Actively managing a portfolio requires buying and selling securities with the goal of managing risk and outperforming passive benchmark portfolios. Clients are correct to question the number of trades that are being made in their portfolio in pursuit of this objective. After all, one trade can generate several trade acknowledgments from our custodians, and each trade acknowledgement shows the brokerage commission charged for each transaction. Clearly the cost of trading has a negative impact on total portfolio return. As we approach year-end and Pinnacle’s investment team continues to generate commissionable transactions in our managed accounts, it might be helpful to analyze the cost of brokerage commissions relative to our ability to implement our active management strategy. Trading activity is often a consequence of how Pinnacle portfolios are positioned relative to our benchmarks. When portfolio asset allocations are neutral, meaning that the overall mix of risk and non-risk assets is close to portfolio policy, then trading activity tends to be higher than normal. To put it another way: If you are invested in Pinnacle’s Dynamic Moderate Growth strategy, where the benchmark allocation to risk is 60% equity and 40% fixed income, and the portfolio’s current allocation is close to 60-40 based on the investment team’s current view of market risks and opportunities, then the only way to outperform the benchmark is either through sector rotation or security selection. Both sector rotation and security selection can result in more rather than fewer transactions being executed in our portfolios. Pinnacle DMG accounts are currently 63% invested in risk assets (domestic stocks, international stocks, and commodities), which is 3% more than the benchmark weighting of 60% risk assets. Yet current portfolio volatility is 20% to 25% more than the benchmark. Clearly sector rotation can have an impact on portfolio risk and reward. It is worthwhile to compare recent trading activity to prior years to see if there is anything unusual about this year’s amount of transactions. In fact, this year is looking similar to prior years as shown below in this analysis of transactions in our DMG portfolio strategy:
The eighty transactions in the DMG model this year are significantly more than the 58 trades in 2012, but still less than the 94 transactions in 2011. Since 2010 there have been four months with no trading activity and thirteen months with ten or more trades. There is no seasonal trend to trading activity, which is driven by changes in market conditions and reflects Pinnacle’s incremental approach to changing the asset allocation of our portfolios. While the incremental approach results in more transactions in Pinnacle accounts, it also provides a measure of safety for our clients, as making small allocation changes tends to reduce the possibility of a large asset allocation mistake.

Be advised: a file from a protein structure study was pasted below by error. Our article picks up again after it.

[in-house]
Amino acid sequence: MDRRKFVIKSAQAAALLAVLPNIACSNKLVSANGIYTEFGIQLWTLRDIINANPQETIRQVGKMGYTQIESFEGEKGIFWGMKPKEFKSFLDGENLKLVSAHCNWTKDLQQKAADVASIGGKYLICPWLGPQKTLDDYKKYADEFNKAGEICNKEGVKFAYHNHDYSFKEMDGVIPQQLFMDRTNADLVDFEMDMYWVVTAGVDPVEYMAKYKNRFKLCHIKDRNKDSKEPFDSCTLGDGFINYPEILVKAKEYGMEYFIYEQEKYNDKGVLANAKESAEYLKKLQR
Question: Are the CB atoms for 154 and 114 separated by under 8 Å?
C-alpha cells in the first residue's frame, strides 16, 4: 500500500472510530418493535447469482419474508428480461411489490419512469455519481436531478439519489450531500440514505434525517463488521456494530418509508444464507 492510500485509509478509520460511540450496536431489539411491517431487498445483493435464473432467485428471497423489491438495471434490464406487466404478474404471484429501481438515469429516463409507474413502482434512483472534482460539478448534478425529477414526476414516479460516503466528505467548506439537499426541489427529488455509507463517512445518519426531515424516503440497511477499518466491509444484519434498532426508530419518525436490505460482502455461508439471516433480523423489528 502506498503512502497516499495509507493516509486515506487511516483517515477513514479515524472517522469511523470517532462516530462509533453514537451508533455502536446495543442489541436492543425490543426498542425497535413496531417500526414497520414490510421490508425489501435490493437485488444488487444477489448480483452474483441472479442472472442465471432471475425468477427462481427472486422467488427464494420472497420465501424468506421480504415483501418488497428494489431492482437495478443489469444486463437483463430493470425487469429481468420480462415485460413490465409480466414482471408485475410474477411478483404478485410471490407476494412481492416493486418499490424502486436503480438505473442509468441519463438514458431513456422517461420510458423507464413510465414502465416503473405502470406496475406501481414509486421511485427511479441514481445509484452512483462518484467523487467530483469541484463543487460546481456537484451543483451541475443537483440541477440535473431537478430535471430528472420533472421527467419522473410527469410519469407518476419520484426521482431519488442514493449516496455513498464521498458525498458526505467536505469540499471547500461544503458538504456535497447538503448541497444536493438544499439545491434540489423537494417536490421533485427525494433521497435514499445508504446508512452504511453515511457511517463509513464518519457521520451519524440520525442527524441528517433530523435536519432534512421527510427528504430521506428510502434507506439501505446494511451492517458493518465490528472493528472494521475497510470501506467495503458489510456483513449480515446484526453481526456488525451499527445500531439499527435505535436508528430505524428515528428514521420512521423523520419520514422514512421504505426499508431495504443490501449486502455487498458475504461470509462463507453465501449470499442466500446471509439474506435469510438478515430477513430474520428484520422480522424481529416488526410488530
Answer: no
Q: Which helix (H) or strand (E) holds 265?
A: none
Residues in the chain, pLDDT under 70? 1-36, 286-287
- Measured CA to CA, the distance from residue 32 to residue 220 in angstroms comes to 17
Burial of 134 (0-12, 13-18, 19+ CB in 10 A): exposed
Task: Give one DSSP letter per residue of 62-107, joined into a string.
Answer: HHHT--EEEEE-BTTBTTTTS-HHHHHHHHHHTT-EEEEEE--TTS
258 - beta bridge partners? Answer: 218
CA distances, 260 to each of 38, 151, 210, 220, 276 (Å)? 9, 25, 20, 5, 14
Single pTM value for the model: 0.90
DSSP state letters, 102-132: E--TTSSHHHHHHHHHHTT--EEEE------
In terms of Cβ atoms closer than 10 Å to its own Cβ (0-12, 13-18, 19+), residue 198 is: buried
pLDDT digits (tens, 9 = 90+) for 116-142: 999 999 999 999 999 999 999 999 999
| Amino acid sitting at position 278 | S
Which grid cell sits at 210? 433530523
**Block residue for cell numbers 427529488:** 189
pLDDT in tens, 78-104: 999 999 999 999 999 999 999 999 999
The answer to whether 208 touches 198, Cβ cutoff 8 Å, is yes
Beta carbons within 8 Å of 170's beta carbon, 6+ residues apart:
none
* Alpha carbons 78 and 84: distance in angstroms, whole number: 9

Unfortunately, analyzing the number of transactions in Pinnacle portfolios is not as simple as counting the number of trades in any one of our strategies. That is because most Pinnacle clients own securities in more than one account, and often a simple transaction results in trades being executed in multiple accounts. Joe Zimmerman, Pinnacle’s trading specialist, reports that approximately 11% of Pinnacle clients have only one managed account. Our best ‘back of the napkin’ guess is that each Pinnacle client owns on average three different separate accounts that make up their managed account group, and that the total number of trades for an average client, based on a quick review of several multiple account groups, would be 25% more than the total shown above. To be very conservative, let’s assume the average Pinnacle DMG investor sees 50% more than the total of trades in any single account group, or 120 trades (80 trades x 1.5) transactions in their total portfolio each year. That may seem like a lot of transactions… but trading activity should be viewed in the context of what it costs to trade versus the benefits of adding sector rotation and security selection to our arsenal of portfolio management tools. So what is the cost? Again, let’s guestimate to come up with some numbers. First let’s assume the cost of each trade is $9.00, which can vary depending on the custodian. Next, let’s recognize that not all trades are commissionable trades using ETFs. In fact, some trades are no-transaction fee mutual fund transactions that cost nothing, while others are mutual fund trades that cost $25. If we use a reasonable and conservative guestimate that 10 of the 120 trades this year were no-load mutual fund transactions, and if we assume that the cost of trading is $9 per trade, and we execute 110 commissionable trades in an average portfolio group of three accounts, then the total cost of trading is $990. If we translate trading costs into percentage of returns, we can analyze the cost of transactions for different size portfolios.